While the data highlights the positive joint health and environmental benefits of alternative proteins, it also details the scale of the challenge in building a more sustainable food system. On the technical side, for example, while lab-grown beef is seen by many as a much more environmentally friendly alternative to traditionally-reared beef, the report finds that current production methods are energy intensive. The report notes the possibility of changing this trajectory: as production processes mature and production is scaled up, leveraging renewable energy sourcing and localizing production in cities (much like craft beer is today), the environmental benefits of lab-grown meat could be enhanced significantly.
As important as the technical (and corresponding financial) side of innovation is, a positive story around alternative proteins is also needed to change political thinking. With each of these elements in place, we could be in line for a true transformation. The report calls for transformation in four sectors:
· The food industry, which is called on to invest in new alternative proteins to help scale up production and offer consumers a wider range of options
· The livestock industry, which must work with others (including government) to develop incentives for farmers to adopt more sustainable production processes
· The feedstock industry, where production must shift towards creating inputs for alternative proteins (alongside creating more sustainable feedstock)
· Government and regulators, which must design rules to govern a wave of new alternative proteins to protect the public from health risks and unsubstantiated claims, and to support the various sectors in their transformations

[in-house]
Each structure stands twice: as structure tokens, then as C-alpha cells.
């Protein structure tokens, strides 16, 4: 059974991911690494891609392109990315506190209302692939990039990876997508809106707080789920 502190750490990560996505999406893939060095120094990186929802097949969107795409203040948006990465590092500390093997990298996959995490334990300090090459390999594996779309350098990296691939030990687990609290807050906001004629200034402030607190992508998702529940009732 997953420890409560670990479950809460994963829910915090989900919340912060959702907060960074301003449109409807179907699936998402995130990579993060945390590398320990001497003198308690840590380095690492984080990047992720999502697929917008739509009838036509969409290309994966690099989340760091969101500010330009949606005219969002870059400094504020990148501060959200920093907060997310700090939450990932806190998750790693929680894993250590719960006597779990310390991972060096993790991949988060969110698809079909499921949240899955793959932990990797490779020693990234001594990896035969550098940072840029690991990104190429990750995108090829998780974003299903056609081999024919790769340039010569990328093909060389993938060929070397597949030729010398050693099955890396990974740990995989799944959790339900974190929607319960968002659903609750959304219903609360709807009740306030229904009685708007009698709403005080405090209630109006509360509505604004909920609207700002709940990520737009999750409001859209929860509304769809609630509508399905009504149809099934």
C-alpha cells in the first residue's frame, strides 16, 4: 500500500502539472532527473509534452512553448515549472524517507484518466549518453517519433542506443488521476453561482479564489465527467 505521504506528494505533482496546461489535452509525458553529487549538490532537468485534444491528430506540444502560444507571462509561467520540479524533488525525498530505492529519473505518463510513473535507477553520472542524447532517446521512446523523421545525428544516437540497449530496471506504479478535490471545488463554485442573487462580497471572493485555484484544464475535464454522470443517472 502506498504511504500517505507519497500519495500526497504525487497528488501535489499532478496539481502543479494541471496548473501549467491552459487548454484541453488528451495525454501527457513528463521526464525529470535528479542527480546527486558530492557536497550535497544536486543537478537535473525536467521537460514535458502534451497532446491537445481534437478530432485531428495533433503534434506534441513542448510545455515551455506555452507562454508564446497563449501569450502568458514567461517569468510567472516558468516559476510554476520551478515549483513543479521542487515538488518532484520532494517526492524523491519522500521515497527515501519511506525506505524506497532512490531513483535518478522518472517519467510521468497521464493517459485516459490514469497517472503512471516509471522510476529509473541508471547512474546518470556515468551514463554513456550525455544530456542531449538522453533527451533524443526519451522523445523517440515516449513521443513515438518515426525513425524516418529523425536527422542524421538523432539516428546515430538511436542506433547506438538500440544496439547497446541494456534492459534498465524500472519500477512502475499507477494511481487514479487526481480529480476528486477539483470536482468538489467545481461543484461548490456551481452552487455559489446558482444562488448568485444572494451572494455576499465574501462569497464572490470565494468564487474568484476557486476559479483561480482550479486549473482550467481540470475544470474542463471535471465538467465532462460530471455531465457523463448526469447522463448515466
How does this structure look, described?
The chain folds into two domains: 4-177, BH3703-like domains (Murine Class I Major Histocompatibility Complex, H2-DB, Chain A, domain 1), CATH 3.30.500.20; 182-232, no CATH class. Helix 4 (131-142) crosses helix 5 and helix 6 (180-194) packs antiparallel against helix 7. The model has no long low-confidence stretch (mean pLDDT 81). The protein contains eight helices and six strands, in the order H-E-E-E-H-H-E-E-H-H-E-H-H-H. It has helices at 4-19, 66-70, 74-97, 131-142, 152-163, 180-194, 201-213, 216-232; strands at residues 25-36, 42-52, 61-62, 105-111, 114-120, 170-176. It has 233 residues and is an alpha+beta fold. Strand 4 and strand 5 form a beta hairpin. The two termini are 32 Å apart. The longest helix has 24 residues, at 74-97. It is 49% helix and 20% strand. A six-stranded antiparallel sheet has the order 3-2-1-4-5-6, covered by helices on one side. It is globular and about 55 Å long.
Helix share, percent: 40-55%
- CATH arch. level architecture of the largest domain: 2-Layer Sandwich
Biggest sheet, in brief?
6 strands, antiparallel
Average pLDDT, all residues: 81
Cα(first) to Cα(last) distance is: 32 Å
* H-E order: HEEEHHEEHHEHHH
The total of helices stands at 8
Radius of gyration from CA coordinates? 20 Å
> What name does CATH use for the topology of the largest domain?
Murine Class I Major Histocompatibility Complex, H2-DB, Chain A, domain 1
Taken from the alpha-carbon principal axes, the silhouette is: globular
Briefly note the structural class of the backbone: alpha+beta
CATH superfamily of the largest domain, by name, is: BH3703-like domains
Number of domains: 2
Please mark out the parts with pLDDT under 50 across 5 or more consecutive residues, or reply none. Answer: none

Another important message in the report is that alternative protein is only one part of the solution to make food production more sustainable and human lives healthier. For instance, the report also calls for animal feed innovation, such as insects, which present a critical opportunity, particularly for farmers in Europe and North America.
According to a sister analysis prepared by the International Livestock Research Institute (ILRI) for the World Economic Forum Annual Meeting 2019, Options for the Livestock Sector in Developing and Emerging Economies to 2030 and Beyond, another key part of the protein story is smallholder farmers. This report highlights that 75% of all livestock-derived foods in Asia and 72% in Africa in 2010 were produced by small farms. These farmers live and work in very different circumstances. For instance, there were approximately 750 million rural poor livestock keepers living on less than $2 income per day in South Asia, East Asia and Pacific and Sub-Saharan Africa. With 70% or more of their total production costs going to labour and input costs, unique methods of sustainable intensification will be required. Ensuring that farmers can improve their livelihood and better manage their environmental impact of the livestock they keep will be a key factor in achieving a sustainable food system.
Total household demand by continent/region for selected products (2030 projected)
The View from Executives
Total household demand by continent/region for selected products (2030 projected)
“Today, we have a unique opportunity to build the right food system for generations to come. The path towards this goal is at the crossroads between an ambitious transformation of traditional production to achieve sustainable growth, and strong support for alternatives and disruptive solutions. As a 167-year-old company with entrepreneurship at the heart of our values, our Group is committed to play an active role in this challenge, leading and supporting initiatives to collectively ensure that we can sustainably feed a growing world population.” Ian McIntosh, Chief Executive Officer, Louis Dreyfus Company